. The explosives were in the stern
The stern is the rear or aft-most part of a ship or boat, technically defined as the area built up over the sternpost, extending upwards from the counter rail to the taffrail. The stern lies opposite of the bow, the foremost part of a ship. Originally, the term only referred to the aft port section...

 and were ignited through a pistol-like control, which in turn was activated through the bow, the sides or the mast. It had two rudder
A rudder is a device used to steer a ship, boat, submarine, hovercraft, aircraft or other conveyance that moves through a medium . On an aircraft the rudder is used primarily to counter adverse yaw and p-factor and is not the primary control used to turn the airplane...

s: one turned to the right, the other to the left, that were moved by ropes/wires from land. After numerous experiments, this design, marked '6 m', finally performed well enough. He nicknamed it 'Salvacoste', Italian for "Coastsaver".

In 1860, after Luppis had retired from the Navy, he managed to demonstrate the '6 m' design to the emperor Franz Joseph, and it was a success, but the naval commission refused to accept it without better propulsion and control systems.

The meeting with Robert Whitehead

In 1864 Fiume/Rijeka the future mayor Giovanni de Ciotta
Giovanni de Ciotta
Giovanni de Ciotta was the first-born son of Lorenzo de Ciotta and Adriana Maria de Adamich, daughter of the foremost Fiuman merchant and father of modernisation in Fiume Andrea Lodovico de Adamich. The family de Ciotta originated from Livorno where Giovanni served the Austrian army in quality of...

 introduced Luppis to the British machine engineer Robert Whitehead
Robert Whitehead
Robert Whitehead was an English engineer. He developed the first effective self-propelled naval torpedo. His company, located in the Austrian naval centre in Fiume, was the world leader in torpedo development and production up to the First World War.- Early life:He was born the son of a...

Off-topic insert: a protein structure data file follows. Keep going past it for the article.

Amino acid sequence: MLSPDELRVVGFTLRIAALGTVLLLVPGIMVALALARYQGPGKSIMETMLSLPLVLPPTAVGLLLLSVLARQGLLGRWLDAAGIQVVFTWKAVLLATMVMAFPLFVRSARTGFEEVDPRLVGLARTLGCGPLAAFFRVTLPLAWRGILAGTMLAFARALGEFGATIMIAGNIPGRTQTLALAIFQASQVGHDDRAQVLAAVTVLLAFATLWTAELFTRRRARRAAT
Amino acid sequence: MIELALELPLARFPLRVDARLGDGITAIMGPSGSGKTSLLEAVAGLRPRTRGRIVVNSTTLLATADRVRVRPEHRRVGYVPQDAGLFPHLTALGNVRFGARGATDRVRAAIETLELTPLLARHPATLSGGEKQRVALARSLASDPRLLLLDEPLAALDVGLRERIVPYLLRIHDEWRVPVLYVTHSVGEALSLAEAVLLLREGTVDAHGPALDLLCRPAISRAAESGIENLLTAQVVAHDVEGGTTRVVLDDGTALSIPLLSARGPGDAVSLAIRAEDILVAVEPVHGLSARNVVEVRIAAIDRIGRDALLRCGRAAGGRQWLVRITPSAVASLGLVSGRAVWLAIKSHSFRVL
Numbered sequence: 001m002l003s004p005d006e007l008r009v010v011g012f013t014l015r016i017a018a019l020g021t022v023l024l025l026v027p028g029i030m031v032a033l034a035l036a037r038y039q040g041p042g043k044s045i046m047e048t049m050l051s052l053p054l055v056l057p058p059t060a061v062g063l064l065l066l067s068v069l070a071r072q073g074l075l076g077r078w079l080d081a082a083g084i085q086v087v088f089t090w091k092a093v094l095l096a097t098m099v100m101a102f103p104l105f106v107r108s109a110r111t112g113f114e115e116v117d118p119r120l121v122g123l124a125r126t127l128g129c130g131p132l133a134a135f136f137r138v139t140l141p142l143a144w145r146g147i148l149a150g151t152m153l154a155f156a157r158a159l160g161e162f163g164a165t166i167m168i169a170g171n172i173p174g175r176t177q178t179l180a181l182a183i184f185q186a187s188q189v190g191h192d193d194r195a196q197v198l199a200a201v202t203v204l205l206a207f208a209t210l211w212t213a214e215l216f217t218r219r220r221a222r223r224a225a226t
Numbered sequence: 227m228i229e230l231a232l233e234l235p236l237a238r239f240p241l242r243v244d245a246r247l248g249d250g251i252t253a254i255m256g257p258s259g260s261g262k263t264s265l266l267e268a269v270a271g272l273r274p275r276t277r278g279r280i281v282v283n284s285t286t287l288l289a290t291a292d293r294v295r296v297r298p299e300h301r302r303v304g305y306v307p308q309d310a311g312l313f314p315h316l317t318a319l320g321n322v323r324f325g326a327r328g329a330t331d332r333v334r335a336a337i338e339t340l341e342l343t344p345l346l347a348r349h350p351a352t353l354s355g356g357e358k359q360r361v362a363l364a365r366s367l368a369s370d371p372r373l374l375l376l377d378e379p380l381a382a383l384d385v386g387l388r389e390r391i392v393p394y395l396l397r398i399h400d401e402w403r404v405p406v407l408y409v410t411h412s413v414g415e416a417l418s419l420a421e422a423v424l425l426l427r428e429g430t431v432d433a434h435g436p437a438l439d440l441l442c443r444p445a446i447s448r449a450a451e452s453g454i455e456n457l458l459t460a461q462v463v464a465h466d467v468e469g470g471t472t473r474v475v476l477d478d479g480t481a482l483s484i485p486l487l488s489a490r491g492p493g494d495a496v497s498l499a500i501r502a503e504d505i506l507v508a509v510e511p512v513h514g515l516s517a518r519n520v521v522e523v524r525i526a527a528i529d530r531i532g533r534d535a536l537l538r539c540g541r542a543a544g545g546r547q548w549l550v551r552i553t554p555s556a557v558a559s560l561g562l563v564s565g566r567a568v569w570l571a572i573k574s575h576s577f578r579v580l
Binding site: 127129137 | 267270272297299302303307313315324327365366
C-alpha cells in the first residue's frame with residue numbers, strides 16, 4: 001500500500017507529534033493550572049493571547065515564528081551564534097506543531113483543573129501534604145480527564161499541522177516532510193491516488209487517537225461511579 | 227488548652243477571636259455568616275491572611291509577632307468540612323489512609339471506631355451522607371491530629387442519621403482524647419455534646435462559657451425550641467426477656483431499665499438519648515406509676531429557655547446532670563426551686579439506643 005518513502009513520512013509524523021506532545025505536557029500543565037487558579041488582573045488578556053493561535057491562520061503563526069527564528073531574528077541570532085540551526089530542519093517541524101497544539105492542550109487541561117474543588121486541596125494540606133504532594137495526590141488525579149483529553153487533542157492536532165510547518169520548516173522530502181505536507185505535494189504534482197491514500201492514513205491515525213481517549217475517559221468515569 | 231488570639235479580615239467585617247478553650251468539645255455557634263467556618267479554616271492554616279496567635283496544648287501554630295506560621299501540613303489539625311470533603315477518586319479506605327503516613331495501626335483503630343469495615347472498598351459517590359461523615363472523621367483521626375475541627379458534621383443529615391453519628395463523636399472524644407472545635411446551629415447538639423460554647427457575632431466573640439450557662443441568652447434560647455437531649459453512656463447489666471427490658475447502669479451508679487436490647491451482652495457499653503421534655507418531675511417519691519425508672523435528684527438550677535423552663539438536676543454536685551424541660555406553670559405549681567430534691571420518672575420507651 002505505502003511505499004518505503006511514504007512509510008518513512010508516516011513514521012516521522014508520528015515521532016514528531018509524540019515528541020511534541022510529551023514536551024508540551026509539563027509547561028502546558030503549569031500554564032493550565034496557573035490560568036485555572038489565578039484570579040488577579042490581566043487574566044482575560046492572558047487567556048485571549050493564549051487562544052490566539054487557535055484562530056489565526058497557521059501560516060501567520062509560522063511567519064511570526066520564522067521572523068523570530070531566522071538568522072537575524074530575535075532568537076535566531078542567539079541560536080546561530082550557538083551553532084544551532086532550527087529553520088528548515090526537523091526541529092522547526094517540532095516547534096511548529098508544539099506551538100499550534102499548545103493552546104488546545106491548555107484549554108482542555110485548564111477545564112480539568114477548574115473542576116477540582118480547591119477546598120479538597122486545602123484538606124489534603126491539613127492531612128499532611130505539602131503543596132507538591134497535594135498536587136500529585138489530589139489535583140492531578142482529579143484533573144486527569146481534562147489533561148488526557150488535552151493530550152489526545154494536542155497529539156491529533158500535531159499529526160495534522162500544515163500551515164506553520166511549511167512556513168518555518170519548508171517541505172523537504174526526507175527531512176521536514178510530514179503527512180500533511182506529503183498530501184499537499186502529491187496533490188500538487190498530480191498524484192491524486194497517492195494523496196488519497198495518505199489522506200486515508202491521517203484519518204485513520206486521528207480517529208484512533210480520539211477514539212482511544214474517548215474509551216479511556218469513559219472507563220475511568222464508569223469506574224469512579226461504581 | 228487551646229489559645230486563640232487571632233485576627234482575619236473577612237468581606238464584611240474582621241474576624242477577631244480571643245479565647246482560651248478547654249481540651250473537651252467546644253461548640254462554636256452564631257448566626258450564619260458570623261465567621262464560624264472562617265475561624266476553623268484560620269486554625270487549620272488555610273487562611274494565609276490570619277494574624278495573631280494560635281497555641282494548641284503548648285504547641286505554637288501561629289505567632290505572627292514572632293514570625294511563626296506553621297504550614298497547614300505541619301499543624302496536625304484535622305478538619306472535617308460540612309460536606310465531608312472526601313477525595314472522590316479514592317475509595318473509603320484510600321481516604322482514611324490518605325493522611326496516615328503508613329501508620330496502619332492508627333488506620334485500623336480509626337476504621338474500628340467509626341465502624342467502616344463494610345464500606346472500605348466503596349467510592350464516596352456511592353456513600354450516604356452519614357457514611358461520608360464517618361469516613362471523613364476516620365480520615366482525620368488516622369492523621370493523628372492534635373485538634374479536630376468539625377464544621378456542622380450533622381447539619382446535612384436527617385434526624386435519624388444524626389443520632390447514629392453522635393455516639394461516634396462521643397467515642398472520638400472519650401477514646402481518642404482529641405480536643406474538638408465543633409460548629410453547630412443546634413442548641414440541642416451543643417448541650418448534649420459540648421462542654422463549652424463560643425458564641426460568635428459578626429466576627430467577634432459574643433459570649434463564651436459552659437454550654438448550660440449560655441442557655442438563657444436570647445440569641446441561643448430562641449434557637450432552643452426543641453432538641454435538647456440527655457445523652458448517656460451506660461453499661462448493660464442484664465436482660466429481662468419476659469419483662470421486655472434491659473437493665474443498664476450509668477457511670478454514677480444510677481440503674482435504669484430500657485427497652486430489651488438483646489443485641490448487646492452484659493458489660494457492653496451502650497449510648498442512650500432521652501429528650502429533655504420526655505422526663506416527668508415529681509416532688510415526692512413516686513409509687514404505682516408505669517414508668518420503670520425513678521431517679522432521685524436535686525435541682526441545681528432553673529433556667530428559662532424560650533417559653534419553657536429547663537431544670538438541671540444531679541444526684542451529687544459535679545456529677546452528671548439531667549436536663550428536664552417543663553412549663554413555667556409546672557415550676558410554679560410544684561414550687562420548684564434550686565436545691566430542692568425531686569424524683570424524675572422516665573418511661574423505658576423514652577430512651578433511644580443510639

, manager of the local factory 'Stabilimento Tecnico Fiumano', with whom he signed a contract to develop the 'salvacoste' further.

Whitehead built a model but decided that the idea was not viable. He did however start to think about the problem of setting off explosive charges remotely below a ship's waterline, this being far more effective than above-water bombardment. Whitehead made a device running under water and installed an engine running on compressed air, as well as automatic guidances for the depth and direction.

Whitehead had significantly altered the original design, but always credited Lupis with the invention.

On 21 December 1866 the first automobile torpedo, now named Minenschiff, was officially demonstrated in front of the Austro-Hungarian state commission for evaluation. This model was 355 mm in diameter and 3.35 m in length, weighing 136 kg with 8 kg of explosives. The naval commission accepted it, and subsequently on 6 March 1867 the government contracted the inventors for a test production and agreed to pay all the production costs.

Whitehead retained the copyrights and even negotiated a new contract with Luppis which gave Whitehead full control of all future sales.

On 27 May 1867, the navy paid 200,000 forints
Hungarian forint
The forint is the currency of Hungary. It is divided into 100 fillér, although fillér coins are no longer in circulation. The introduction of the forint on 1 August 1946 was a crucial step of the post-WWII stabilization of the Hungarian economy, and the currency remained relatively stable until...

 in royalties to the inventor.
The invention was generally regarded as a promising one, but in the first years of production there were not enough orders, so 'Stabilimento' went through a crisis and went bankrupt in 1873. R. Whitehead took it over and at the beginning of 1875 transformed it into a private company called 'Torpedo-Fabrik von Robert Whitehead'.

Giovanni Luppis was given the noble title of Baron von Rammer ('the sinker') on 1 August 1869. He died in the borough (frazione) of Torriggia, in the municipality of Laglio
Laglio is a small comune on the western shore of the south-western branch of Lake Como. Administratively it falls within the Province of Como in the northern Italian region of Lombardy...

, near Como
Como is a city and comune in Lombardy, Italy.It is the administrative capital of the Province of Como....

 on 11 January 1875.

Further reading

  • Gray, Edwin
    Edwyn Gray
    Edwyn Gray is a British author who specialises in naval writing although at times has written short stories.He was born in London and educated at the Royal Grammar School, High Wycombe. He read economics at the University of London and then joined the British civil service. His writing career began...

    . The Devil's Device: Robert Whitehead and the History of the Torpedo, Annapolis: Naval Institute Press, 1991 310pp, ISBN 0-87021-245-1
  • Wilson, H. W. Ironclads in action;: A sketch of naval warfare from 1855 to 1895, London: Sampson Low, Marston and Company, 1895, Fourth Edition 1896 (Two Volumes), pre ISBN

External links